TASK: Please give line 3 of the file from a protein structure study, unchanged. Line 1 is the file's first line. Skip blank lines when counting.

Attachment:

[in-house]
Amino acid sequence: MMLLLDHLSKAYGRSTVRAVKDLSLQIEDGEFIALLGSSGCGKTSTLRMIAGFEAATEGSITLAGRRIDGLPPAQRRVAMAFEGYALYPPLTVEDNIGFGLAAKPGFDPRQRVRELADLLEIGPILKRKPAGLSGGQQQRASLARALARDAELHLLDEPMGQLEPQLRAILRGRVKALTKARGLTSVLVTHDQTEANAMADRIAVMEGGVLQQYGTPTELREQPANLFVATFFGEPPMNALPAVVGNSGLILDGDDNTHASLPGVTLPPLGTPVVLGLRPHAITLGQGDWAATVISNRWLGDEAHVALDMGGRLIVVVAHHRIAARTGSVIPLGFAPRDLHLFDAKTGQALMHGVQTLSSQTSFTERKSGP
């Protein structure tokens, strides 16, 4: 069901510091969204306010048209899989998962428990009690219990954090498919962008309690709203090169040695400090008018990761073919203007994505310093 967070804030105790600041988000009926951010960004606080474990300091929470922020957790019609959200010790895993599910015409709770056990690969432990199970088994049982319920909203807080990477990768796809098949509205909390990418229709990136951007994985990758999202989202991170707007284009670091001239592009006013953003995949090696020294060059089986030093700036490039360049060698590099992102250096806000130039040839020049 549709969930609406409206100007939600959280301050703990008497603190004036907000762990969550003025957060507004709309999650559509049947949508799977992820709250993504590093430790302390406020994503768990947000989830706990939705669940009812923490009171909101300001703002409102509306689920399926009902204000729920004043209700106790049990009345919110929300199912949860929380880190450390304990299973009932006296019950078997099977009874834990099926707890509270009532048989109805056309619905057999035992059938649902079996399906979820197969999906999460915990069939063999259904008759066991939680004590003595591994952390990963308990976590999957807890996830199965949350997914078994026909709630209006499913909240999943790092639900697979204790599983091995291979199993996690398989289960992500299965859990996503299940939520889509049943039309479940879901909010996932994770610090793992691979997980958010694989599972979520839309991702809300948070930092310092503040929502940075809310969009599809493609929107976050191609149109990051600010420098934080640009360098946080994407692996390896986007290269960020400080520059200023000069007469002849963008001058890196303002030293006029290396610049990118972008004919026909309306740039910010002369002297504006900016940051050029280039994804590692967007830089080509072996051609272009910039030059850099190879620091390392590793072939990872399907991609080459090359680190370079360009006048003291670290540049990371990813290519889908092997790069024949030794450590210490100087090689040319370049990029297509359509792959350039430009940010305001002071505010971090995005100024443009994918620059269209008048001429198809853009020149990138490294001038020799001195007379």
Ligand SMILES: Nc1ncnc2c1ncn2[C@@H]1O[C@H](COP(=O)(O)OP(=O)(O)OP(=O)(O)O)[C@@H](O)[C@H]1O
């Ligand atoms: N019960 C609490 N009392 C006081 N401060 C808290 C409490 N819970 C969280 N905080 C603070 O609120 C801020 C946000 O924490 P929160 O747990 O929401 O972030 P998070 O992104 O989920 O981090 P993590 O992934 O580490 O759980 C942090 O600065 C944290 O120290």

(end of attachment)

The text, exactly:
């Protein structure tokens, strides 16, 4: 069901510091969204306010048209899989998962428990009690219990954090498919962008309690709203090169040695400090008018990761073919203007994505310093 967070804030105790600041988000009926951010960004606080474990300091929470922020957790019609959200010790895993599910015409709770056990690969432990199970088994049982319920909203807080990477990768796809098949509205909390990418229709990136951007994985990758999202989202991170707007284009670091001239592009006013953003995949090696020294060059089986030093700036490039360049060698590099992102250096806000130039040839020049 549709969930609406409206100007939600959280301050703990008497603190004036907000762990969550003025957060507004709309999650559509049947949508799977992820709250993504590093430790302390406020994503768990947000989830706990939705669940009812923490009171909101300001703002409102509306689920399926009902204000729920004043209700106790049990009345919110929300199912949860929380880190450390304990299973009932006296019950078997099977009874834990099926707890509270009532048989109805056309619905057999035992059938649902079996399906979820197969999906999460915990069939063999259904008759066991939680004590003595591994952390990963308990976590999957807890996830199965949350997914078994026909709630209006499913909240999943790092639900697979204790599983091995291979199993996690398989289960992500299965859990996503299940939520889509049943039309479940879901909010996932994770610090793992691979997980958010694989599972979520839309991702809300948070930092310092503040929502940075809310969009599809493609929107976050191609149109990051600010420098934080640009360098946080994407692996390896986007290269960020400080520059200023000069007469002849963008001058890196303002030293006029290396610049990118972008004919026909309306740039910010002369002297504006900016940051050029280039994804590692967007830089080509072996051609272009910039030059850099190879620091390392590793072939990872399907991609080459090359680190370079360009006048003291670290540049990371990813290519889908092997790069024949030794450590210490100087090689040319370049990029297509359509792959350039430009940010305001002071505010971090995005100024443009994918620059269209008048001429198809853009020149990138490294001038020799001195007379």